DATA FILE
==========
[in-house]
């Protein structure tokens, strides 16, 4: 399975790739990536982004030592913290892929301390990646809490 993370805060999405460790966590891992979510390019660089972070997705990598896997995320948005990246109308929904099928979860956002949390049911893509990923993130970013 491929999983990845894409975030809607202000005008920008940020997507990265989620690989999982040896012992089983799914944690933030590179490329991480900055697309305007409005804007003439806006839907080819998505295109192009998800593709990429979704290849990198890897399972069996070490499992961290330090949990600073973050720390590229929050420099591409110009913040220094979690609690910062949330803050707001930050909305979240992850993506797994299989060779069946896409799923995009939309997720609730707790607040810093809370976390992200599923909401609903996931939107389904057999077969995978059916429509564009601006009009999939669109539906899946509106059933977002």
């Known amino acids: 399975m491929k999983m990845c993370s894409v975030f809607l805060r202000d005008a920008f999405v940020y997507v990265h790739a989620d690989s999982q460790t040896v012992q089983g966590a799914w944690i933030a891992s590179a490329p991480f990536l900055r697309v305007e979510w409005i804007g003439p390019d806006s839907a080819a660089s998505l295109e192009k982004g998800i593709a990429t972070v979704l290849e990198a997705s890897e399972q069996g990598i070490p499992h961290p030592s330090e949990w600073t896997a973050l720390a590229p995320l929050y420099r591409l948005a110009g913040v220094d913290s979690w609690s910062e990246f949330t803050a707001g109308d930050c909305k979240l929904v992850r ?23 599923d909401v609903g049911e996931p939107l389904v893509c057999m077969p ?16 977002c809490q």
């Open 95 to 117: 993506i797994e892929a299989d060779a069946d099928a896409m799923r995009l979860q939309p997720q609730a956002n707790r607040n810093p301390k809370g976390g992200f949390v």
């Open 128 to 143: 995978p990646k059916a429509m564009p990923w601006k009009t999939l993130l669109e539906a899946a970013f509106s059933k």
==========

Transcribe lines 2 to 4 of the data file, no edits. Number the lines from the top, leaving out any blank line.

């Protein structure tokens, strides 16, 4: 399975790739990536982004030592913290892929301390990646809490 993370805060999405460790966590891992979510390019660089972070997705990598896997995320948005990246109308929904099928979860956002949390049911893509990923993130970013 491929999983990845894409975030809607202000005008920008940020997507990265989620690989999982040896012992089983799914944690933030590179490329991480900055697309305007409005804007003439806006839907080819998505295109192009998800593709990429979704290849990198890897399972069996070490499992961290330090949990600073973050720390590229929050420099591409110009913040220094979690609690910062949330803050707001930050909305979240992850993506797994299989060779069946896409799923995009939309997720609730707790607040810093809370976390992200599923909401609903996931939107389904057999077969995978059916429509564009601006009009999939669109539906899946509106059933977002």
């Known amino acids: 399975m491929k999983m990845c993370s894409v975030f809607l805060r202000d005008a920008f999405v940020y997507v990265h790739a989620d690989s999982q460790t040896v012992q089983g966590a799914w944690i933030a891992s590179a490329p991480f990536l900055r697309v305007e979510w409005i804007g003439p390019d806006s839907a080819a660089s998505l295109e192009k982004g998800i593709a990429t972070v979704l290849e990198a997705s890897e399972q069996g990598i070490p499992h961290p030592s330090e949990w600073t896997a973050l720390a590229p995320l929050y420099r591409l948005a110009g913040v220094d913290s979690w609690s910062e990246f949330t803050a707001g109308d930050c909305k979240l929904v992850r ?23 599923d909401v609903g049911e996931p939107l389904v893509c057999m077969p ?16 977002c809490q």
């Open 95 to 117: 993506i797994e892929a299989d060779a069946d099928a896409m799923r995009l979860q939309p997720q609730a956002n707790r607040n810093p301390k809370g976390g992200f949390v």